IV. ANALYSIS When an agency denies an applicant’s request for testimony pursuant to that agency’s Touhy regulations, the applicant’s “sole remedy . . . is to file a collateral action in federal court under the [Administrative Procedure Act (‘APA’).” Cavanaugh v. Wainstein, No. 05-123 (GK), 2007 WL 1601723, at *4 (D.D.C. June 4, 2007) (quoting Houston Business Journal, Inc. v. Office of the Comptroller, 86 F.3d 1208, 1212 (D.C. Cir. 1996). Under the APA, judicial review of the agency’s decision is limited to determining whether the agency’s decisions were “arbitrary, capricious, an abuse of discretion, or otherwise not in accordance with law.” 5 U.S.C. § 706; see U.S. ex rel. Pogue v. DTCA, - F.R.D. - , 2006 WL 1515914, * 7-8 (D.D.C. June 2, 2006). The party challenging the agency’s action bears the burden of proof. Schweiker v. McClure, 456 U.S. 188, at 196 (1982). “The scope of review under the ‘arbitrary and capricious’ standard is narrow and a court is not to substitute its judgment for that of the agency.” Arent v. Shalala, 70 F.3d 610, 616 (D.C. Cir. 1995) (citing Motor Vehicle Manufacturers Ass’n v. State Farm Mutual Automobile Insurance Co., 463 U.S. 29, 43 (1983)). Under this highly deferential standard, the court must determine “whether the [agency’s] decision was based on a consideration of the relevant factors and whether there has been a clear error of judgment.” Id. Thus, no agency action should be set aside if the action is rational, based on relevant factors, and within the agency’s statutory authority. Citizens to Preserve Overton Park, Inc. v. Volpe, 401 U.S. 402, 416 (1971). Additionally, the reviewing court is limited to the administrative record as it existed at the time of the agency’s decision. Eugene Burger Mgmt. Corp. v. U.S. Dept. of Hous. & Urban Dev., 192 F.R.D. 1, 4 (D.D.C. 1999). In their August 20, 2010 letter, Plaintiffs requested that Dr. Thomas R. Frieden, Director of the CDC and Administrator for Agency for Toxic Substances and Disease Registry, permit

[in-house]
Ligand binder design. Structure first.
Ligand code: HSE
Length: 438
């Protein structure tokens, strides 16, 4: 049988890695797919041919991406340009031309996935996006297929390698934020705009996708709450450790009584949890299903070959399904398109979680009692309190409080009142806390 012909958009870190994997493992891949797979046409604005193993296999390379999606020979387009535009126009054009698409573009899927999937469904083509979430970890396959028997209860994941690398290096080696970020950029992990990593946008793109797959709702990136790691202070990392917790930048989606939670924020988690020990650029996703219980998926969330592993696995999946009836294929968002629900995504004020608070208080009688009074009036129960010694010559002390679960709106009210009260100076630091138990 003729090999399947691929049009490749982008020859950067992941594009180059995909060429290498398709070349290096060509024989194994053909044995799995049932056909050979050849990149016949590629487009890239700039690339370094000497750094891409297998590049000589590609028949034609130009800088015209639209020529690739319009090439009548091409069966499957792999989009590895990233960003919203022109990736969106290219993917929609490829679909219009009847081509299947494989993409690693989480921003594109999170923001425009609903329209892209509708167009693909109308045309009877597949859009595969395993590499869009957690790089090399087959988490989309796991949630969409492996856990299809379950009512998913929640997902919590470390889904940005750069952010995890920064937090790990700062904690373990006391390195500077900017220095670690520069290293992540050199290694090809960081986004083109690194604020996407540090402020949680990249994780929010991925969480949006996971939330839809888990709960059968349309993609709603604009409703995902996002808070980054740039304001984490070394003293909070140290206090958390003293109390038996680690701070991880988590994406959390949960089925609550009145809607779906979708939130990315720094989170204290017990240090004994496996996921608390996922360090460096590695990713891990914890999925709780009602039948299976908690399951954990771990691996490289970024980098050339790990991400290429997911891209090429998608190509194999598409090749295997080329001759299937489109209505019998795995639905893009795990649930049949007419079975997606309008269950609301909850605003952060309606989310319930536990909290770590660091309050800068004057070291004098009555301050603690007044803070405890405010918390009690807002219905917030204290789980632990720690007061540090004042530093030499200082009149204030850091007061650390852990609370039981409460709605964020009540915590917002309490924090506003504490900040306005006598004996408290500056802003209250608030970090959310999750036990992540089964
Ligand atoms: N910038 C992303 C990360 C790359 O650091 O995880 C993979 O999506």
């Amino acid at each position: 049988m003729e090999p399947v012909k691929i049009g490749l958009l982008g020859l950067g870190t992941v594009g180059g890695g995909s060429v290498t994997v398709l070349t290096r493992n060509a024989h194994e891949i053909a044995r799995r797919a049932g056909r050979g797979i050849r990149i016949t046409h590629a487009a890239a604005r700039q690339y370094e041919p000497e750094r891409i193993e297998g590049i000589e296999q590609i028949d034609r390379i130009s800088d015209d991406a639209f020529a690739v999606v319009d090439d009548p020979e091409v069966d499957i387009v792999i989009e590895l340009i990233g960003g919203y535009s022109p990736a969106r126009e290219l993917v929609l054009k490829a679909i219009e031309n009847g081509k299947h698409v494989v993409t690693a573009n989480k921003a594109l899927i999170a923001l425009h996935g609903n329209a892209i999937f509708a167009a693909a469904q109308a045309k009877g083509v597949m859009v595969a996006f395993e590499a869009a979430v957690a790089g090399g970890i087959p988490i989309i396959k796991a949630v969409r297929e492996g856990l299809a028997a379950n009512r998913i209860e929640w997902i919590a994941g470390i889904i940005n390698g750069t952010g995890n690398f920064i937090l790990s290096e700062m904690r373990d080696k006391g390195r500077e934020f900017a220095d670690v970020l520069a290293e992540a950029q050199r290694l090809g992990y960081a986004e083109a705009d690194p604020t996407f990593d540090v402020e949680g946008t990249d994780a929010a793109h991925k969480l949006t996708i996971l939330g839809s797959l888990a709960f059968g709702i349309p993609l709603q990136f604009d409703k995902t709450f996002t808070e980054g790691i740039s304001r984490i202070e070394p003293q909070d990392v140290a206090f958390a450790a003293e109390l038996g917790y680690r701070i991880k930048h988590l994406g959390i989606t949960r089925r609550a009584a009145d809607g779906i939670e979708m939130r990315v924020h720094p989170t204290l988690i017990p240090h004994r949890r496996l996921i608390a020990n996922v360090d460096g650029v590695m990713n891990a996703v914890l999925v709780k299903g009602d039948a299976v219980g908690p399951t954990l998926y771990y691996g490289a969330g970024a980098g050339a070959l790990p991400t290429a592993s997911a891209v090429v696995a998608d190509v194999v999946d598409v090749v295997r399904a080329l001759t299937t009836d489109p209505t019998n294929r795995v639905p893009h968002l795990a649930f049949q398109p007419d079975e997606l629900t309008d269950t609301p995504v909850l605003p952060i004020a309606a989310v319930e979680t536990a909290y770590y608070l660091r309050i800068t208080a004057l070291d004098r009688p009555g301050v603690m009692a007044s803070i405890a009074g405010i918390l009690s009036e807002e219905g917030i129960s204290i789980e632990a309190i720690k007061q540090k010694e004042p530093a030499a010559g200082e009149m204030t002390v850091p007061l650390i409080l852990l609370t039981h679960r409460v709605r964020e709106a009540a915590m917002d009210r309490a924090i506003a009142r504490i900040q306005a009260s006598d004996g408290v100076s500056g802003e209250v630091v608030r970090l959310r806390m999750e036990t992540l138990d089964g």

Scott Holmberg, Gayle Fischer, Joseph Perz, and Melissa Schaefer to testify in depositions in the underlying state court proceedings regarding their investigation of the Hepatitis C outbreak in Nevada. Dkt. No. 18, Ex. 1. On September 24, 2010, Dr. Frieden sent a letter denying Plaintiffs’ request for testimony, noting that while the request satisfies the first criterion under the agency’s Touhy regulations—that the applicant submit a written request stating the nature of the testimony sought—the Plaintiffs’ request fails to satisfy the second and third criterion because, in the agency’s view, the testimony sought is available by other means and the CDC’s participation in the underlying state court litigation would not substantially promote the objectives of the HHS. Dkt. No. 18, Ex. 2. Plaintiffs contend that the agency acted arbitrarily and capriciously when it denied their request. Plaintiffs claim that the CDC’s denial was arbitrary and capricious because “the CDC incorrectly asserted in its denial letter that the testimony sought is available by other means.” Pls.’ Mot. at 15. In other words, Plaintiffs disagree with the CDC’s determination that the testimony sought by Plaintiffs can be found in the May 15, 2008 CDC Trip Report. Plaintiffs argue that the purpose of the requested testimony is to elicit testimony regarding the investigation that led to the CDC Trip Report, including information about interviews with the clinic personnel and information about patient care at the clinics observed by the CDC investigators. Pls.’s Mot. at 16. Plaintiffs maintain that the CDC Trip Report “does not include all of this information . . . and even if it did, it would be no substitute for the ability to personally to question the CDC investigators in order to probe their observations and conclusions.” Pls.’ Mot. at 16. In their letter, Plaintiffs state that because clinics have been shut down, and some personnel from the clinics are either criminally indicted or invoking their Fifth Amendment rights against self-incrimination, “the CDC employees who investigated the Hepatitis C outbreak . . . are the only source of certain